The Last Chapter
All the rest went up the mountain, and separated in groups to the
homes of the miners. Curdie and his father and mother took Lootie
with them. And the whole way a light, of which all but Lootie
understood the origin, shone upon their path. But when they looked
round they could see nothing of the silvery globe.
For days and days the water continued to rush from the doors and
windows of the king's house, and a few goblin bodies were swept out
into the road.
Curdie saw that something must be done. He spoke to his father and
the rest of the miners, and they at once proceeded to make another
outlet for the waters. By setting all hands to the work,
tunnelling here and building there, they soon succeeded; and having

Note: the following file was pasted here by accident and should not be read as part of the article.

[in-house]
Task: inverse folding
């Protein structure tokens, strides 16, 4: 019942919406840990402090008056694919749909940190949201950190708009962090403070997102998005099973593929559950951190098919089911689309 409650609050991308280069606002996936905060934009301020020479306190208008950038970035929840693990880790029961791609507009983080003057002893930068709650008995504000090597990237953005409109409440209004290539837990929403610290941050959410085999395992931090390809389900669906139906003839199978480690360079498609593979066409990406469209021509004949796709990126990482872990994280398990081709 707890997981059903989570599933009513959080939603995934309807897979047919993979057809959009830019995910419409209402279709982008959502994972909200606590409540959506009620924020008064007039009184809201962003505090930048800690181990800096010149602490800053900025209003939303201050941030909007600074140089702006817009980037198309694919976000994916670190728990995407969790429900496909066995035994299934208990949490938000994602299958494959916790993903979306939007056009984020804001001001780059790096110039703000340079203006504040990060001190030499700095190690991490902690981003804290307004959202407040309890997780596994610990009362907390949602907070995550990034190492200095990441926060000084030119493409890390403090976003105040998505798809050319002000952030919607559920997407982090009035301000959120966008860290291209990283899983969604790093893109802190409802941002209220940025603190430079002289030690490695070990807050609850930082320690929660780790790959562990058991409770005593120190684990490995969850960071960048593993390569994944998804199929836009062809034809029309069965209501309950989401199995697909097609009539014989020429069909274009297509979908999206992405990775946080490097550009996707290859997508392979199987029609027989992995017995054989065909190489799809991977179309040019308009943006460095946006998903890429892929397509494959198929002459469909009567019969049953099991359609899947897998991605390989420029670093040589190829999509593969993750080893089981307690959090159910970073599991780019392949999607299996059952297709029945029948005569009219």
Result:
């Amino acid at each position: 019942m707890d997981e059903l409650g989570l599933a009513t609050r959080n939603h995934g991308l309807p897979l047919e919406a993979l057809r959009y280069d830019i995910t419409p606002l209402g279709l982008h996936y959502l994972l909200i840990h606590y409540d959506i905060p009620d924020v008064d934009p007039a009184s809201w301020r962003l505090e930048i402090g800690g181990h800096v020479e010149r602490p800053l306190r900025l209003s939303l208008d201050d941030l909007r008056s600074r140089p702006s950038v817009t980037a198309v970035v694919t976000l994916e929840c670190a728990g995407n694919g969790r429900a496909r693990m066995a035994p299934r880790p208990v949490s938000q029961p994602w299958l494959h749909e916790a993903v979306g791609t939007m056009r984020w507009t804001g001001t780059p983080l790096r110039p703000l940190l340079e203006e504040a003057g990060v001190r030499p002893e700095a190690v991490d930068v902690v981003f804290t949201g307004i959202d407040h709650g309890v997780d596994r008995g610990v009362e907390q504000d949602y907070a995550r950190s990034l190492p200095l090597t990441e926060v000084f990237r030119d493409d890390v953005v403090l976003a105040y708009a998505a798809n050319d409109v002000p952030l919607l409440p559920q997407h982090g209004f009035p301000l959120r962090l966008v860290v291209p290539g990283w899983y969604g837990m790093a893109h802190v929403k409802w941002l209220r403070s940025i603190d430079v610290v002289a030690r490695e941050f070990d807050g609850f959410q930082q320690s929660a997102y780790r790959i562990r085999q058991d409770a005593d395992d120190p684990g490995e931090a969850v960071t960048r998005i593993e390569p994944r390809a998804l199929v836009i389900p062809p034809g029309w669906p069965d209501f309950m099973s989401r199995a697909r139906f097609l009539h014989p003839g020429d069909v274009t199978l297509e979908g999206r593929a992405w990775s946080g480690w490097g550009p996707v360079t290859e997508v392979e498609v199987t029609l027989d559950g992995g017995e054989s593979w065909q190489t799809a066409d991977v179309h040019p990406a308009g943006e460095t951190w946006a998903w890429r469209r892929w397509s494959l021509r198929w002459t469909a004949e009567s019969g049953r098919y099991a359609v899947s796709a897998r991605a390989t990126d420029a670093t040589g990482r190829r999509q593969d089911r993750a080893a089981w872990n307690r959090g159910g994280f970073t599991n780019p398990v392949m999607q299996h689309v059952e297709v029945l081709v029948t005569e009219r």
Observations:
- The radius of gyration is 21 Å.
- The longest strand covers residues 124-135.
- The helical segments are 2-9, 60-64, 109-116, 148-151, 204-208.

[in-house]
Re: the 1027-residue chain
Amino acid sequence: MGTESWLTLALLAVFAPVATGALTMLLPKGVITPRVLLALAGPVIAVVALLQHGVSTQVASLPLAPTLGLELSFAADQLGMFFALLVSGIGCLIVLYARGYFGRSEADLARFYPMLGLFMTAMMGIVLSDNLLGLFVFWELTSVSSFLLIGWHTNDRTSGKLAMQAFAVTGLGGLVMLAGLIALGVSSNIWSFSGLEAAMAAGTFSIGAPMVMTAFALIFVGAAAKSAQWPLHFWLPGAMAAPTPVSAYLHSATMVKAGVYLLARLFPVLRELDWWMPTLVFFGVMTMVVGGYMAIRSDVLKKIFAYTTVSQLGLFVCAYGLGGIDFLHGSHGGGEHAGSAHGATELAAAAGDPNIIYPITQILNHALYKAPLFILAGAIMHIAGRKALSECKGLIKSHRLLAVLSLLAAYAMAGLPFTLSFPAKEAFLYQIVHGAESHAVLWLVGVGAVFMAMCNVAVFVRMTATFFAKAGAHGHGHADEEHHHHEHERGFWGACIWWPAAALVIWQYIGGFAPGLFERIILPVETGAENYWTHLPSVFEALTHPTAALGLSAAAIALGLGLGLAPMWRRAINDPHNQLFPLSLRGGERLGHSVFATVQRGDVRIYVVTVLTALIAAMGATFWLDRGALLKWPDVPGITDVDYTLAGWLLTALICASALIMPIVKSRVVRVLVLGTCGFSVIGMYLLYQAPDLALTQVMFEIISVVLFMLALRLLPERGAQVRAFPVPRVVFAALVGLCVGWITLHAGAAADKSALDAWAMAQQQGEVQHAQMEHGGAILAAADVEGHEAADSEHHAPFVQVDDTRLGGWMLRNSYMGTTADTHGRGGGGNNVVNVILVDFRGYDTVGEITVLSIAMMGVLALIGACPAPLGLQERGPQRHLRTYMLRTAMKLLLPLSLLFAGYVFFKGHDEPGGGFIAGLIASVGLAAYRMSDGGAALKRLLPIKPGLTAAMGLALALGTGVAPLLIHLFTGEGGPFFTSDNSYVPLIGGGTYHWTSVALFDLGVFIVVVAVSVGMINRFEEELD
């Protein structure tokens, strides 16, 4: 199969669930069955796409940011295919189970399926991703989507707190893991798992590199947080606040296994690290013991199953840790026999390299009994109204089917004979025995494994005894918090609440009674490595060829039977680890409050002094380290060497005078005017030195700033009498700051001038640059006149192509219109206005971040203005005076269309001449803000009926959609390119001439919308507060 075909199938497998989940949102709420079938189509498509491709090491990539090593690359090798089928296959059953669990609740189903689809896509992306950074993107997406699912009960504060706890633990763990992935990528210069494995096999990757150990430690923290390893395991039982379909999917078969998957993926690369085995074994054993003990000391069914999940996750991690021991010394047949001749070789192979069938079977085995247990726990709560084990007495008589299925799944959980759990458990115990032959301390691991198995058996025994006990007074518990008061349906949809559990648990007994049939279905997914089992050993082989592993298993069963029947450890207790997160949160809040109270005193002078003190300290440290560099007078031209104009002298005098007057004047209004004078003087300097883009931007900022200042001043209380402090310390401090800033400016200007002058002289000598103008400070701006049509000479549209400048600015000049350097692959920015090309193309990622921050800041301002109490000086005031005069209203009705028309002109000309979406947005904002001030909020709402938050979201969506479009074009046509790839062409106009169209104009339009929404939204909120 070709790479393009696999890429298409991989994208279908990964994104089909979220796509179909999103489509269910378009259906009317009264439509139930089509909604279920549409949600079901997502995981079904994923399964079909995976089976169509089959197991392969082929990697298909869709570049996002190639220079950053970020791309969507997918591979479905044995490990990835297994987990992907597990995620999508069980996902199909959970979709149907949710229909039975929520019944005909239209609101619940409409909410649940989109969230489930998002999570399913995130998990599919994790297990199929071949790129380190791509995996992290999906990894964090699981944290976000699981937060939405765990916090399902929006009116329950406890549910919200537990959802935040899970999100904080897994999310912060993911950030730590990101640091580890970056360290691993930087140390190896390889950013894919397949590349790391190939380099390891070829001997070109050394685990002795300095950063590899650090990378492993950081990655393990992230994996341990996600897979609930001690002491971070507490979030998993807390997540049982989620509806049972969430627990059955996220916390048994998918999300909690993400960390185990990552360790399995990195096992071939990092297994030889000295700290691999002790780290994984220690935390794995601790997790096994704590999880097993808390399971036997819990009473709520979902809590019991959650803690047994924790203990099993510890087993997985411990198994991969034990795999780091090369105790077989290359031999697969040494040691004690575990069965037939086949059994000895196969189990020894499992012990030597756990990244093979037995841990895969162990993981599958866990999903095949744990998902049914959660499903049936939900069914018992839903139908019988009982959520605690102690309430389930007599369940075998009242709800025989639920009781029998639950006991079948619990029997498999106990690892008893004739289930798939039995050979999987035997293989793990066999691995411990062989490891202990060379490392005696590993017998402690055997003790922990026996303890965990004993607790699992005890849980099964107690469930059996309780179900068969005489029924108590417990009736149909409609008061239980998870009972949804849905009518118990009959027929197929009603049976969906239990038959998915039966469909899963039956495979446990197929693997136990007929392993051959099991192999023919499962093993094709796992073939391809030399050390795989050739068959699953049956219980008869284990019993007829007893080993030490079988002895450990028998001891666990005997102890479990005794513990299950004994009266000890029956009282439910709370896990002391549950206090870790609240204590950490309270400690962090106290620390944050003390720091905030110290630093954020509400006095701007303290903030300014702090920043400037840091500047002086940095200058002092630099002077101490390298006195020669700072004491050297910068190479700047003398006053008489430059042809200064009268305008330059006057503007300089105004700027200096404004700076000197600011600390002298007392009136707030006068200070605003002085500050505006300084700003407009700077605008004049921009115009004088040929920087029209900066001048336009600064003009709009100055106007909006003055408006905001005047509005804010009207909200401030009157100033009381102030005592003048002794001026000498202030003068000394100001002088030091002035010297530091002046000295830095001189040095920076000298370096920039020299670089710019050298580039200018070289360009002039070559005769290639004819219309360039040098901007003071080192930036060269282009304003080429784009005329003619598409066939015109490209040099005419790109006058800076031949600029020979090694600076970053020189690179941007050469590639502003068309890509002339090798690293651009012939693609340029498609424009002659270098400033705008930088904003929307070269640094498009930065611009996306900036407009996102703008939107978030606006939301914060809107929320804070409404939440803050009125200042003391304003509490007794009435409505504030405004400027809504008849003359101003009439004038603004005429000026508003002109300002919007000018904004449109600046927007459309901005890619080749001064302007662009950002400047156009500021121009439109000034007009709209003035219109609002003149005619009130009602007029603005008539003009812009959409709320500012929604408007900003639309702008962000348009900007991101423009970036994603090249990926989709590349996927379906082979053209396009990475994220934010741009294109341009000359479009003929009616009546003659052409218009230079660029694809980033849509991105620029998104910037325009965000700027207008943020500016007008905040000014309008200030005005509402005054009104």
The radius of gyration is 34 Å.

also made a little tunnel to drain the water away from under the
king's house, they were soon able to get into the wine cellar,
where they found a multitude of dead goblins - among the rest the
queen, with the skin-shoe gone, and the stone one fast to her ankle
- for the water had swept away the barricade, which prevented the
men-at-arms from following the goblins, and had greatly widened the
passage. They built it securely up, and then went back to their
labours in the mine.
A good many of the goblins with their creatures escaped from the
inundation out upon the mountain. But most of them soon left that
part of the country, and most of those who remained grew milder in
character, and indeed became very much like the Scotch brownies.
Their skulls became softer as well as their hearts, and their feet
grew harder, and by degrees they became friendly with the
inhabitants of the mountain and even with the miners. But the
latter were merciless to any of the cobs' creatures that came in
their way, until at length they all but disappeared.
The rest of the history of The Princess and Curdie must be kept for